Advertisement

Chromosoma

, Volume 77, Issue 1, pp 69–81 | Cite as

Ultrastructural characterization of the sex chromosomes during spermatogenesis of spiders having holocentric chromosomes and a long diffuse stage

  • Ricardo Benavente
  • Rodolfo Wettstein
Article

Abstract

An ultrastructural study has been made of spermatogenesis in two species of primitive spiders having holocentric chromosomes (Dysdera crocata, ♂XO and Segestria florentia X1X2O). Analysis of the meiotic prophase shows a scarcity or absence of typical leptotene to pachytene stages. Only in D. crocata have synaptonemal complex (SC) remnants been seen, and these occurred in nuclei with an extreme chromatin decondensation. In both species typical early prophase stages have been replaced by nuclei lacking SC and with their chromatin almost completely decondensed, constituting a long and well-defined diffuse stage. Only nucleoli and the condensed sex chromosomes can be identified. — In S. florentina paired non-homologous sex chromosomes lack a junction lamina and thus clearly differ from the sex chromosomes of more evolved spiders with an X1X2O male sex determination mechanism. In the same species, sex chromosomes can be recognized during metaphase I due to their special structural details, while in D. crocata the X chromosome is not distinguishable from the autosomes at this stage. — The diffuse stage and particularly the structural characteristics of the sex chromosomes during meiotic prophase are reviewed and discussed in relation to the meiotic process in other arachnid groups.

Keywords

Ultrastructural Study Synaptonemal Complex Meiotic Prophase Determination Mechanism Diffuse Stage 
These keywords were added by machine and not by the authors. This process is experimental and the keywords may be updated as the learning algorithm improves.

Preview

Unable to display preview. Download preview PDF.

Unable to display preview. Download preview PDF.

References

  1. Barry, E.G.: The diffuse diplotene stage of meiotic prophase in Neurospora. Chromosoma (Berl.) 26, 119–129 (1969)Google Scholar
  2. Benavente, R., Wettstein, R.: Evolución de los cromosomas sexuales durante la espermatogenesis de Lycosa malitiosa (macho 2n=20+X1X20, Lycosidae, Arachnida). Rev. Microsc. Electr. 3, 18–19 (1976)Google Scholar
  3. Benavente, R., Wettstein, R.: An ultrastructural cytogenetic study on the evolution of sex chromosomes during the spermatogenesis of Lycosa malitiosa (Arachnida). Chromosoma (Berl.) 64, 255–277 (1977)Google Scholar
  4. Benavente, R., Wettstein, R.: Ultrastructural cytogenetics of the sex determination mechanisms of araneids. Rev. Microsc. Electr. 5, 320–321 (1978)Google Scholar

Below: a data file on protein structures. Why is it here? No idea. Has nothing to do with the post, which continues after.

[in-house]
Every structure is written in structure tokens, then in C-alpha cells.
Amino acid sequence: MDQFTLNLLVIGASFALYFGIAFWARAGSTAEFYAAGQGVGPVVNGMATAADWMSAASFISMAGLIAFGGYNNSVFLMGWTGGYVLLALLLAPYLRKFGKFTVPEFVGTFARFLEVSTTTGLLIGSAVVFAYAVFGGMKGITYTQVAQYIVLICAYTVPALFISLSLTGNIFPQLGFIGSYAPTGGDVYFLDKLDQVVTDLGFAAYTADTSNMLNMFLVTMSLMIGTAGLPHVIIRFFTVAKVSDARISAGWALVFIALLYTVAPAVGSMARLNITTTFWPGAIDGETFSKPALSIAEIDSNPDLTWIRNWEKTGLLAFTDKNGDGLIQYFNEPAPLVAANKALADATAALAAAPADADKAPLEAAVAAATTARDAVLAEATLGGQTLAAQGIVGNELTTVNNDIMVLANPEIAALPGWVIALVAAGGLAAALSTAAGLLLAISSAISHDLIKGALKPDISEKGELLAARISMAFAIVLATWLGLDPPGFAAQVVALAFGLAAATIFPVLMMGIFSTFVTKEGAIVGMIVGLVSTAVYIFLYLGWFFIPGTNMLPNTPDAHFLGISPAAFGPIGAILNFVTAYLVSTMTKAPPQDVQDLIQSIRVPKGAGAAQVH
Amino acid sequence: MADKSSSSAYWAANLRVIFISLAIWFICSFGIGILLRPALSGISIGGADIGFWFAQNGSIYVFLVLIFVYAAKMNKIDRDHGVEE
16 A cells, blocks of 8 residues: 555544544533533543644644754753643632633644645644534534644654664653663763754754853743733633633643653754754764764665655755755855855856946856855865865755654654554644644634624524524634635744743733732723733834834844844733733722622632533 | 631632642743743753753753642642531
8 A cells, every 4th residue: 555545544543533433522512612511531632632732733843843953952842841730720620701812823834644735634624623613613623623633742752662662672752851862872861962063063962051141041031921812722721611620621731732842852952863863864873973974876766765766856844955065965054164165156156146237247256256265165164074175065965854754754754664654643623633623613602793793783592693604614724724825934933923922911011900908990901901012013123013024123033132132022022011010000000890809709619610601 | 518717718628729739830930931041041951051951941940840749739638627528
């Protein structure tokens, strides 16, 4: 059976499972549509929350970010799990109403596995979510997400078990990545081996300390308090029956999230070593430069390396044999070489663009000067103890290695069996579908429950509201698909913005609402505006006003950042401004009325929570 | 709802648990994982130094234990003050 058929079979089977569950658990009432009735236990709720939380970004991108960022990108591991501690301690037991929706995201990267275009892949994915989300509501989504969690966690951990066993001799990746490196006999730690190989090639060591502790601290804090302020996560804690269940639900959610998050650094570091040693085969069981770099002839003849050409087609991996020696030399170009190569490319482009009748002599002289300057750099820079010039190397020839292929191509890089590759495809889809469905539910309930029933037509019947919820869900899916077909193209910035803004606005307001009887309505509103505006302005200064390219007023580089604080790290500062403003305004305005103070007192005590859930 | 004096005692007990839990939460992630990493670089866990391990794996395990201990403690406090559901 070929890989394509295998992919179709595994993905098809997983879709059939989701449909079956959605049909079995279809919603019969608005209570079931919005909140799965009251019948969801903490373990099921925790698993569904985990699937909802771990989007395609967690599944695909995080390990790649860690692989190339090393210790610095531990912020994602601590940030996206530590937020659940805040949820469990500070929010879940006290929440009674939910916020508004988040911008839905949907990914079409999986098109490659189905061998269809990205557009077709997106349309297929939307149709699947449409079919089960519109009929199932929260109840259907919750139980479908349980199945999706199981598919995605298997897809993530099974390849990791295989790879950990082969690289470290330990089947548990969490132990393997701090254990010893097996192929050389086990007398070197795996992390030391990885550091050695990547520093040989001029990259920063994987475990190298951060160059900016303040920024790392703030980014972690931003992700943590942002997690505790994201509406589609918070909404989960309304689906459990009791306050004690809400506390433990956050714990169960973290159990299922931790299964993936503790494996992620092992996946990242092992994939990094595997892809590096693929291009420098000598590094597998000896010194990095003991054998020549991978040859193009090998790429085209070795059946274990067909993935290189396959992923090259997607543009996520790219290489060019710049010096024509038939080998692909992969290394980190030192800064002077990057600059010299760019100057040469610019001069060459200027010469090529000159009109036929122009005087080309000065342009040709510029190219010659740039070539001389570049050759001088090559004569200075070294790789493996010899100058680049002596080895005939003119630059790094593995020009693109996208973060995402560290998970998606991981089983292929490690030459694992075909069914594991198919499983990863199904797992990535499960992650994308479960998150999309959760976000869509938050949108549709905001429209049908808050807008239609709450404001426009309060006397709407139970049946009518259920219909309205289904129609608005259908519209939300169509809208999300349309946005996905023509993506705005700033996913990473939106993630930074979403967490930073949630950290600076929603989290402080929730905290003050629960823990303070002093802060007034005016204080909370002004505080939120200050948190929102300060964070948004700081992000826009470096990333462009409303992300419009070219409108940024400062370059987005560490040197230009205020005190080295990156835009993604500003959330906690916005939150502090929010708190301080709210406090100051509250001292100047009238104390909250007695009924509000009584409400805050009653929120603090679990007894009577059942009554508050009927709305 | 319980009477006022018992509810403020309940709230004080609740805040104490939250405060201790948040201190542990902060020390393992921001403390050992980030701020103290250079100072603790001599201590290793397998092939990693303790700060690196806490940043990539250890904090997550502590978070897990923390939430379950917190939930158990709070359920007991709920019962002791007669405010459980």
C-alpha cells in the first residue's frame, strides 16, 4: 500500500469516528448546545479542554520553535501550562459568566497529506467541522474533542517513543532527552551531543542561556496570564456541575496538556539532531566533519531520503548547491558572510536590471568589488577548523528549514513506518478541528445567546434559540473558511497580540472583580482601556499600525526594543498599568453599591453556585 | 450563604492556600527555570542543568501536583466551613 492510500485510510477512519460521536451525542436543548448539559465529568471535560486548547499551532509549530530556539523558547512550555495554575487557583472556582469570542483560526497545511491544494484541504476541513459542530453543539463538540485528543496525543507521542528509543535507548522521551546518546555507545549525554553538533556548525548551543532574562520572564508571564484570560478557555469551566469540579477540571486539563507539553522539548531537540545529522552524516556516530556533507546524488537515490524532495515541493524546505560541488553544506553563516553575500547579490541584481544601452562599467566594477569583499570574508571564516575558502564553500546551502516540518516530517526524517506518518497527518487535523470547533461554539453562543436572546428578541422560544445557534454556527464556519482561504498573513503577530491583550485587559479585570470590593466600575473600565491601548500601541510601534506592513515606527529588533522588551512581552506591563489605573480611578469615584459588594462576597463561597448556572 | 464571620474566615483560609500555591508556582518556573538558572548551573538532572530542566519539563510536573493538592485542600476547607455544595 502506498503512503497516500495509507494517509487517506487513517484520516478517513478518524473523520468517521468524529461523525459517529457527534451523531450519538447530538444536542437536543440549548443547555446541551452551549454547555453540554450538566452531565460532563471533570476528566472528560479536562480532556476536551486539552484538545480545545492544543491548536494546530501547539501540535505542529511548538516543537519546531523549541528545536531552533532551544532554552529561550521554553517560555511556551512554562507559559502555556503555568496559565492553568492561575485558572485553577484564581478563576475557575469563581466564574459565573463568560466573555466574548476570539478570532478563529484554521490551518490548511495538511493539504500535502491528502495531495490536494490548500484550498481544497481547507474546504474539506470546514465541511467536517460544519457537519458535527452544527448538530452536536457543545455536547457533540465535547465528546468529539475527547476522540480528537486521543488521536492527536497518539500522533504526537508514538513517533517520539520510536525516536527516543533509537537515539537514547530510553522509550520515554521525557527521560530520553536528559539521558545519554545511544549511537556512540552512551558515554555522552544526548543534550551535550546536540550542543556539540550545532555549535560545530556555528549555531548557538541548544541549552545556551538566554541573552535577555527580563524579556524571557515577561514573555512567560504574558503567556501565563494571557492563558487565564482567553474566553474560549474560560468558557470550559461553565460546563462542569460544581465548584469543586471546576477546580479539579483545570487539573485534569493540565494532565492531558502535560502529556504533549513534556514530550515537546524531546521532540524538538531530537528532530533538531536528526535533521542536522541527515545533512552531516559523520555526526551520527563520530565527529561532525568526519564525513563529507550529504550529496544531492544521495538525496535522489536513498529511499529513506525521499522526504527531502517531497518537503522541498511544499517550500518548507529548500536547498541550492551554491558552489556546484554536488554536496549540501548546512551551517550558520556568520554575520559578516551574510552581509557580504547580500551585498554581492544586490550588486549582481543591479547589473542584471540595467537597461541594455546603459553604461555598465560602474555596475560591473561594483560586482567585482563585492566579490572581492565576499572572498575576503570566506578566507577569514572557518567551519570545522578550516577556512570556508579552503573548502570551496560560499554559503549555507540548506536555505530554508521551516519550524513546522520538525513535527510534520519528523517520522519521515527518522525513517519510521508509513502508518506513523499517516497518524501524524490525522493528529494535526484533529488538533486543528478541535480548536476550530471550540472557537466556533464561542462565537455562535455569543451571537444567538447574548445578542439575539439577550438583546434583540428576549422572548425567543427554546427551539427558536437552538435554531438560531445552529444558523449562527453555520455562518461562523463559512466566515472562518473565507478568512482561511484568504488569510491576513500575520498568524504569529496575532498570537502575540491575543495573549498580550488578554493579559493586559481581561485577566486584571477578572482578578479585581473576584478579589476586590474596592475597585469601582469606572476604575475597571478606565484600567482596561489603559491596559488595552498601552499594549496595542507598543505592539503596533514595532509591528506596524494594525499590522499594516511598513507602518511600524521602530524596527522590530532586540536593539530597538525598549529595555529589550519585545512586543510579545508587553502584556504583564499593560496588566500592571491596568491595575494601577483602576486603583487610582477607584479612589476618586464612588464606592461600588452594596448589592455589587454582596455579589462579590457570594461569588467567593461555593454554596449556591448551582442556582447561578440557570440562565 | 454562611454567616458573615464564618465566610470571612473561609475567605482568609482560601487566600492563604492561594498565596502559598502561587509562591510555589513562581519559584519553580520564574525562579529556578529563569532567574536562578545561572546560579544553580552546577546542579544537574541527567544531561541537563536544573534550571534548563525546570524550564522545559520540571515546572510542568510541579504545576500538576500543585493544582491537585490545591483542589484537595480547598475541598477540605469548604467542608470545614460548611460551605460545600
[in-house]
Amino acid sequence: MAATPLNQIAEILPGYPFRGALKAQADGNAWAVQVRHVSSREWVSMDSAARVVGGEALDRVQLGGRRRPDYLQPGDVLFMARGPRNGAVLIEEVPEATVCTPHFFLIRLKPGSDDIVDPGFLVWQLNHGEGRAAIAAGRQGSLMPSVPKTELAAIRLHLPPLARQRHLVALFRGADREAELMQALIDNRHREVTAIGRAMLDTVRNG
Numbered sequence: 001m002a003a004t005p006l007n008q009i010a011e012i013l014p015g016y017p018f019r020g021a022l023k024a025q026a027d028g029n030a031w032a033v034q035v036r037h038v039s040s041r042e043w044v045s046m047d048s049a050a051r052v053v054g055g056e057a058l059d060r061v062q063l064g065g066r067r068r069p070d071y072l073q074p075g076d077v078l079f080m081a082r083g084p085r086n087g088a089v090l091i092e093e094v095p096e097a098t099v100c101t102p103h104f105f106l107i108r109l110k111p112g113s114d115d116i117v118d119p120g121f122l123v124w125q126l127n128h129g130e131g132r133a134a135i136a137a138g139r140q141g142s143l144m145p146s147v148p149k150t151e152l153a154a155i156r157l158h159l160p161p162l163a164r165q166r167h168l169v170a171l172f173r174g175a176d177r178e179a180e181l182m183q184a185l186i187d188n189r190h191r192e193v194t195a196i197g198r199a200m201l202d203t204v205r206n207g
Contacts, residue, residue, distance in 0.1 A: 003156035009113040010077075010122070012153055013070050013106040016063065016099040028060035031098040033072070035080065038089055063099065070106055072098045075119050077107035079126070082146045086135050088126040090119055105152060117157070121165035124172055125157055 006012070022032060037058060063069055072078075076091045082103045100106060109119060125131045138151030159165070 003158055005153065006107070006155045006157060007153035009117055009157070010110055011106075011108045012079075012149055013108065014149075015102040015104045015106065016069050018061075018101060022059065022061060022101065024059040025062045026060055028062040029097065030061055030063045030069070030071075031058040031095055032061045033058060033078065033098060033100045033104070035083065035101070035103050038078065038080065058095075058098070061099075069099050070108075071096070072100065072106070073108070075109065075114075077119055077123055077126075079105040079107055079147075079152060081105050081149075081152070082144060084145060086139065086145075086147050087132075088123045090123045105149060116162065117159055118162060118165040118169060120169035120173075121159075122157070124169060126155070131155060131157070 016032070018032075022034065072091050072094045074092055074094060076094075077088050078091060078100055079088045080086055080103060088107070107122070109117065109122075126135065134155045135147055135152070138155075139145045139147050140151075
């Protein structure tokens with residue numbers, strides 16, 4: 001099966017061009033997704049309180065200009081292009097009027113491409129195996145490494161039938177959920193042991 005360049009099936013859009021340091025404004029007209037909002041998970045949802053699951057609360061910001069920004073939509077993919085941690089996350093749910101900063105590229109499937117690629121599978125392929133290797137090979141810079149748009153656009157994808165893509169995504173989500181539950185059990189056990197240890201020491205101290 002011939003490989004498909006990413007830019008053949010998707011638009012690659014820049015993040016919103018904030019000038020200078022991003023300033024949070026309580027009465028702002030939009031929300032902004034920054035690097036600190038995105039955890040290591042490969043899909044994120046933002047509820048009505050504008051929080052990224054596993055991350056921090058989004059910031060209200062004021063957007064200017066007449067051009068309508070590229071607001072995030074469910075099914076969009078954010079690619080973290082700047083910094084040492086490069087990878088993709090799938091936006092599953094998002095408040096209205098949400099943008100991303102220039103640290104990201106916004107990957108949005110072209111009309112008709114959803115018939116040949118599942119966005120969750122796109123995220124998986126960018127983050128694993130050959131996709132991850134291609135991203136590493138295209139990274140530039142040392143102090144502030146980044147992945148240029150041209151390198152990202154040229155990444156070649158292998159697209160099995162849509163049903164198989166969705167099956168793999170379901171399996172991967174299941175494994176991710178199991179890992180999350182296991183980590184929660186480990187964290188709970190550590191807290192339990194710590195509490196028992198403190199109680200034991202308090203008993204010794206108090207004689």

5. Bogdanov, Y.F.: Formation of cytoplasmic synaptonemal-like polycomplexes at leptotene and normal synaptonemal complexes at zygotene in Ascaris suum male meiosis. Chromosoma (Berl.) 61, 1–21 (1977)Google Scholar
  6. Brieger, F.G., Graner, E.A.: On the cytology of Tityus bahiensis with special reference to meiotic prophase. Genetics 28, 269–274 (1943)Google Scholar
  7. Church, K.: Arrangement of chromosome ends and axial core formation during early meiotic prophase in the male grasshopper Brachystola magna by 3rd, E.M. reconstruction. Chromosoma (Berl.) 58, 365–376 (1976)Google Scholar
  8. Diaz, M.O., Saez, F.A.: Investigaciones citogenéticas sobre algunas especies de araneidos uruguayos. An. (II) Congr. Lat. Zool. 2, 3–9 (1966)Google Scholar
  9. Fox, D.P., Hewitt, G.M., Hall, D.J.: DNA and RNA transcription of euchromatic and heterochromatic chromosome regions during grasshopper meiosis. Chromosoma (Berl.) 45, 43–62 (1974)Google Scholar
  10. Gillies, C.B.: The synaptonemal complex and chromosome structure. Ann. Rev. Genet. 9, 91–109 (1975)Google Scholar
  11. Guénin, H.A.: Observations sur la structure submicroscopique du complex axial dans les chromosomes méiotiques chez Gryllus campestris L. et G. bimawlatus De Geer (Orthopt. Gryll.). J. Microscopie 4, 749–758 (1965)Google Scholar
  12. Henderson, S.A.: RNA synthesis during male meiosis and spermiogenesis. Chromosoma (Berl.) 15, 345–366 (1964)Google Scholar
  13. Jones, G.H.: Light and electron microscope studies of chromosome pairing in relation to chiasma localization in Stethophyma grossum (Orthoptera: Acrididas). Chromosoma (Berl.) 42, 145–162 (1973)Google Scholar
  14. Kezer, J., Macgregor, H.C.: A fresh look at meiosis and centromeric heterochromatin in the red-backed salamander, Plethodon cinereus cinereus (Green). Chromosoma (Berl.) 33, 146–166 (1971)Google Scholar
  15. Kierszenbaum, A.L., Tres, L.L.: Transcription sites in spread meiotic chromosomes from mouse spermatocytes. J. Cell Biol. 63, 923–935 (1974)Google Scholar
  16. Klášterská, I., Natarajan, A.T.: The role of the diffuse stage in the cytological problems of meiosis in Rosa. Hereditas (Lund) 76, 109–116 (1974)Google Scholar